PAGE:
Queen Anne Part Three
Princess Anne’s relationship with Sarah Jennings, the future Duchess of Marlborough would last into her middle age.
Sarah, a year younger than Anne’s fifteen year old stepmother, was the daughter of a landed gentleman and the young sister of Frances Jennings, a maid of honour, appointed to serve Anne’s mother.
At the age of twelve, Sarah, who would play such a crucial role in the Cinderella princess’s life, was appointed as one of her attendants. Years later Sara wrote: We had used to play together when she was a child and she even ten expressed a particular fondness for me. This inclination increased with our years. I was often at Court and the Princess always distinguished me by the pleasure she took to honour me, preferably to others, with her conversation and confidence. In all her parties for amusement, I was sure by her choice to be one.
Kneller’s portrait of the teenage Sarah reveals a pretty girl with an oval face, broad forehead, fair hairs and confident blue eyes. Yet no portrait could reveal her vivacity and charm.
It is not surprising that the motherless, Cinderella princess living in the shadow of her older, cleverer sister, Mary, and the daughters of her governess, Lady Frances Villiers, became deeply attached to Sarah.
Anne was pretty with plump features, re-brown hair and her mother’s elegant hands of which she was very proud. However, she was shy, easily ignored and all too aware of her short-comings – her poor education did nothing to boost her confidence. As Sarah said years later: Your Majesty has had the misfortune to be misinformed in general things even from twelve years old.
Undoubtedly, there was no reason to provide Anne and her sister with a better education because it was not unlikely that the Queen would provide an heir to the throne. In her day few women could read and write – perhaps as few as one in a hundred. For Anne it is likely that little more than dancing, drawing, French and music were required to prepare her for life at court. Her general education was neglected but not her religious education which was rigorous and founded her life long belief in the teachings of the Anglican faith.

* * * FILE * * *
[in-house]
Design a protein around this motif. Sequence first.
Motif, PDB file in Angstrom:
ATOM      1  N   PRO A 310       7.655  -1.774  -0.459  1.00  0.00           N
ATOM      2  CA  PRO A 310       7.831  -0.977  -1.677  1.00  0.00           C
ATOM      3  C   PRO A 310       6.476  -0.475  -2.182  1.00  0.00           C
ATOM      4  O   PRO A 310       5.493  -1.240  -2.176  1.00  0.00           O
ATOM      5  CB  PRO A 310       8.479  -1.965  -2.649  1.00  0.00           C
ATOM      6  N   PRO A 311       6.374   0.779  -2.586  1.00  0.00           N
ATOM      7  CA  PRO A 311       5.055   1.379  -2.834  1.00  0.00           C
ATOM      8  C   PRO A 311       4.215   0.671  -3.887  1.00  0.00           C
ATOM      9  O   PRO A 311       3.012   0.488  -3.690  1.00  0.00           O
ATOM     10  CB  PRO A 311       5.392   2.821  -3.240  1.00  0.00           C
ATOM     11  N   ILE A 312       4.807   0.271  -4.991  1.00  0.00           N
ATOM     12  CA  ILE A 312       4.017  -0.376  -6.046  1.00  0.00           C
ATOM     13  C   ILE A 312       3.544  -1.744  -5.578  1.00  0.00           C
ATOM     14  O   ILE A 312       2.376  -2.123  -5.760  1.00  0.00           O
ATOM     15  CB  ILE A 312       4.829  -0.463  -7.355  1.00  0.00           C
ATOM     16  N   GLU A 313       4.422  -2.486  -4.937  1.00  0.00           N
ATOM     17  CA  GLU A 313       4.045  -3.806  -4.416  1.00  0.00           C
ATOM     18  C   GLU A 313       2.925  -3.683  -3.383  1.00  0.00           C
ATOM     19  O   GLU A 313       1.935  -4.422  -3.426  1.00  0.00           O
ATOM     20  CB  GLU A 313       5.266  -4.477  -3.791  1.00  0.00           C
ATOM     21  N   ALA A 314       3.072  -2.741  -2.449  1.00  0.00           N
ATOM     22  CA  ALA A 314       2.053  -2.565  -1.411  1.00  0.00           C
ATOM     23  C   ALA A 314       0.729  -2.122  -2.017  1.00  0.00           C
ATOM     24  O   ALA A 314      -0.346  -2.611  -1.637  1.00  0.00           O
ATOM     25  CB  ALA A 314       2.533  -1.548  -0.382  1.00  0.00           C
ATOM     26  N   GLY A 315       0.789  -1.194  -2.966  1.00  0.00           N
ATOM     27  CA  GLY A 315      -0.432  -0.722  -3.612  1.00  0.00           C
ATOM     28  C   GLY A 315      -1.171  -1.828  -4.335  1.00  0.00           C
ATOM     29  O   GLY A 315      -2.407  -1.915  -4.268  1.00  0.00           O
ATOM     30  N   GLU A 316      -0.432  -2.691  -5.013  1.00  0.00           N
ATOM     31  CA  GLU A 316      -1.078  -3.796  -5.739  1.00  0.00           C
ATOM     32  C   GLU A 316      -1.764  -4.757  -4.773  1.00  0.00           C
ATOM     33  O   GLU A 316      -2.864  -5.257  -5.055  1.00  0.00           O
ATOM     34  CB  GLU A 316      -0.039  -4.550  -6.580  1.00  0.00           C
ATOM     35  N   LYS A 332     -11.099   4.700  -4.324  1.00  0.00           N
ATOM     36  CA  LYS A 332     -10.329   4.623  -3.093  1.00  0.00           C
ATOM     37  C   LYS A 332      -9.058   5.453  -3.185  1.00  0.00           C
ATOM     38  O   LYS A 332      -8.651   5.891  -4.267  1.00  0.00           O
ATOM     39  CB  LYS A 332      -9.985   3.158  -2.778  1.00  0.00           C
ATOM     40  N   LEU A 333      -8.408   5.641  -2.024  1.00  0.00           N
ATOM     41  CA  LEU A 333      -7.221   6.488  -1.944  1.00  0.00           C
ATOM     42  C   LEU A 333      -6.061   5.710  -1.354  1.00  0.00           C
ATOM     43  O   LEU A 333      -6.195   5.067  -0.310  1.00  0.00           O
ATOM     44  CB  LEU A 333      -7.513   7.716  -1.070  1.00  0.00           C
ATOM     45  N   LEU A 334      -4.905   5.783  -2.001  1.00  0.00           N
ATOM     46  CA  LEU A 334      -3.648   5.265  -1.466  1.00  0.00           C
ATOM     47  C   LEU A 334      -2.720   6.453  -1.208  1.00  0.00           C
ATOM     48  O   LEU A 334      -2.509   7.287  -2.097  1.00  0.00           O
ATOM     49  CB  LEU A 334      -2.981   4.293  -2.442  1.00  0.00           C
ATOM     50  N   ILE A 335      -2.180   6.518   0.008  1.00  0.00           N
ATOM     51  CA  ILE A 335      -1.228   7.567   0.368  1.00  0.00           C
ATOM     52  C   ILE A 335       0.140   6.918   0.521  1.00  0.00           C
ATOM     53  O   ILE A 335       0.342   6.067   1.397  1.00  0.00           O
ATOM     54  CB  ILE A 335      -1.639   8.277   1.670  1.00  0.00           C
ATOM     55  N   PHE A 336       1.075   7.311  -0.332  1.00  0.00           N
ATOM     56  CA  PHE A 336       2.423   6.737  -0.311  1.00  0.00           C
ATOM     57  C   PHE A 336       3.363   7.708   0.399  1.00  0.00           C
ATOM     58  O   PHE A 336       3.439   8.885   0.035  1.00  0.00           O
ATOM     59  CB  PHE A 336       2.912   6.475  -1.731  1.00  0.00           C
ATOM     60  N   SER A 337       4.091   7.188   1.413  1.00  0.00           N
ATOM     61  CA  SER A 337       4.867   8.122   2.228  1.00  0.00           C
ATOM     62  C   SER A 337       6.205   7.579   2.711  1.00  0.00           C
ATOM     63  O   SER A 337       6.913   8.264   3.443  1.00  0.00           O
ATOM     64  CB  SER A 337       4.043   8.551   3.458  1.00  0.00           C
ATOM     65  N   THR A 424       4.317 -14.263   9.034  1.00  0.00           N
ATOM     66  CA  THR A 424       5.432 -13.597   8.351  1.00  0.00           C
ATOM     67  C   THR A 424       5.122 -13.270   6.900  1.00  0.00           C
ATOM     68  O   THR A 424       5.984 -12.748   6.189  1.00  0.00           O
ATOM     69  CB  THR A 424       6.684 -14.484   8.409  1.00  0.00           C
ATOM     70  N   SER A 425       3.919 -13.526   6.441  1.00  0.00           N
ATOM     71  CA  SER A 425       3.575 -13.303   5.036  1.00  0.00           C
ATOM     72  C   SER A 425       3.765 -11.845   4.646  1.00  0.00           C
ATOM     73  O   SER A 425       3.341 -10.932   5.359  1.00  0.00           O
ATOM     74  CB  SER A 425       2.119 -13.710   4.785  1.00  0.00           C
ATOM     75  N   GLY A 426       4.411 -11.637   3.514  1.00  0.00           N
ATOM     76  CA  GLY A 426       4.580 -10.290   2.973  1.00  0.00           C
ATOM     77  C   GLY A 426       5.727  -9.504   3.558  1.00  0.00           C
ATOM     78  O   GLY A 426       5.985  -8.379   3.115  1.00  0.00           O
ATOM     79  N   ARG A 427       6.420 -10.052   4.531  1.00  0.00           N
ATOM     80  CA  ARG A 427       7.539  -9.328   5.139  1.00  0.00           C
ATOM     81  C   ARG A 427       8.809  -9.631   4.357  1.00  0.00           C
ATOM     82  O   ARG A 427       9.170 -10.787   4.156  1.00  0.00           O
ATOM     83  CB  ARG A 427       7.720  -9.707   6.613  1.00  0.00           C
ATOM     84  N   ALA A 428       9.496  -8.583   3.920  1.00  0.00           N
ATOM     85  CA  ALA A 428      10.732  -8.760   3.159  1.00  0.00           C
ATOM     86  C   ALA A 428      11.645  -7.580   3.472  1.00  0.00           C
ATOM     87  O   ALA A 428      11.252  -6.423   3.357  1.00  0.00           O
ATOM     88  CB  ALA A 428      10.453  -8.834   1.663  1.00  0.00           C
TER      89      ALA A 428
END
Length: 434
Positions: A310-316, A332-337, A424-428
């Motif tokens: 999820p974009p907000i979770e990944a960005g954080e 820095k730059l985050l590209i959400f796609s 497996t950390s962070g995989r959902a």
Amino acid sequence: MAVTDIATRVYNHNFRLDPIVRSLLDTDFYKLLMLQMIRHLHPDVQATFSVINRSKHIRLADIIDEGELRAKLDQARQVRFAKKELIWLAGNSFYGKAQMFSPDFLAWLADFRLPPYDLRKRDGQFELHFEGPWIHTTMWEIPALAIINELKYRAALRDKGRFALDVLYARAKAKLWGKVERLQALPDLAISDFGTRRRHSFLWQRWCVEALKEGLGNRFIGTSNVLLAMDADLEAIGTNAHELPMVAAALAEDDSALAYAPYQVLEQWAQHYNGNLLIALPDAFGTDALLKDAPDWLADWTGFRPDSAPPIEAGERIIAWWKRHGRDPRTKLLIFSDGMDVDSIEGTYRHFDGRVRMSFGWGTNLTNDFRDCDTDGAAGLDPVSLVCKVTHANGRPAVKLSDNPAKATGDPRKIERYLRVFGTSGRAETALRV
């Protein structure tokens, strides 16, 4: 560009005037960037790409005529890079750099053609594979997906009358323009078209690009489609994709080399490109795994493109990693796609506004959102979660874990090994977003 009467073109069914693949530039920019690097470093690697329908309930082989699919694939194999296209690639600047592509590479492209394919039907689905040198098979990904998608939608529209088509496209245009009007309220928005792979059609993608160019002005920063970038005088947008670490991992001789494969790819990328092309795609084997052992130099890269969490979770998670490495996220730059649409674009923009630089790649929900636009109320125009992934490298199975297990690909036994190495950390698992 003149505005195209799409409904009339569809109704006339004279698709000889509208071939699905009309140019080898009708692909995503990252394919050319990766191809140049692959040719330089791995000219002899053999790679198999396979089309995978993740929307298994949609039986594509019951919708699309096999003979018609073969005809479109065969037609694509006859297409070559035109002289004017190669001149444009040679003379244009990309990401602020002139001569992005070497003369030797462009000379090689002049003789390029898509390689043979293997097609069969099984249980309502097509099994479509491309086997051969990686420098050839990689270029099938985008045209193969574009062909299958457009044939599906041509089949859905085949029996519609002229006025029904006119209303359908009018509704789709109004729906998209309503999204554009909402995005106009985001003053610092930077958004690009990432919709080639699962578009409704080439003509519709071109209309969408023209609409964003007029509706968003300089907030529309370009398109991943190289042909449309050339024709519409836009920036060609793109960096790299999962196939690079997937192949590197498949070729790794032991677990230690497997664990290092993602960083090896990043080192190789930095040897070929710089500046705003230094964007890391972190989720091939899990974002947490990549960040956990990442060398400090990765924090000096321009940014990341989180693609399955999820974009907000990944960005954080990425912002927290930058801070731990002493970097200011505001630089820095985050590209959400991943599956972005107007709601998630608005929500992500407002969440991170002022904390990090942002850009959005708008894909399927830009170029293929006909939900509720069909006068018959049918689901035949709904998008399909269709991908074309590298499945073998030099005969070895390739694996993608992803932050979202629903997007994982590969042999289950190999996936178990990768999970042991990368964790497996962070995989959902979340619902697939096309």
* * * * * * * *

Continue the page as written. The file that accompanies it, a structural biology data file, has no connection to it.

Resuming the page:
Anne and Mary lived apart from the court at White hall and their indulgent Roman Catholic father and step-father. Expected to be virtuous, the sisters could not have been totally unaware of the licentiousness of their uncle’s court and that both their uncle, the king, and her father had acknowledged illegitimate children. Indeed, their governess, Lady Frances Villiers, wife of Colonel Villiers, the nephew of the ill-fated Duke of Buckingham, a favourite of James I and his son, Charles I, was the daughter of the king’s notorious mistress, Barbara Castlemaine.
Lax though King Charles II’s moral were he took some interest in Anne who would be one of the best guitar players at court. She also had a pleasing voice and he ordered the actress, Mrs Barry, to give Anne and Mary elocution lessons. These stood Anne in good stead when, as Queen, she addressed Parliament and no doubt when she and Mary took part in some of the masques and plays popular at Court.
However, ‘Cinderella’ and Mary grew up in the company of clerics and women, secluded from Whitehall with little to entertain them. One can imagine the boring conversations, stifling closets (small rooms) and endless card games. Sarah declared: I wished myself out of Court as much as I had desired to come into it before I knew what it was.
In spite of the boredom and whatever storms lay ahead, Anne dearly loved her sister. So much so that when Mary married her Dutch cousin, William of Orange, in 1677 and Anne lay sick of smallpox, her father, who visited her every day, ordered that she should not be told her sister had departed for the Continent. The charade went as far as messages purported to be from Mary asking about her health being delivered to Anne.
While Anne’s tutor fretted in case her fanatical Roman Catholic nurse influenced her while Anne was ill, as soon as she recovered, Anne had to cope with the death of her governess. Fortunately, she still had Sarah’s companionship and enjoyed the vast grounds of Richmond Palace, leased by the king for his nieces. However, this tranquillity would soon be disturbed by the so called ‘Popish Plot’. And it is not unreasonable to suppose that her mind would be occupied with thoughts of who she would marry.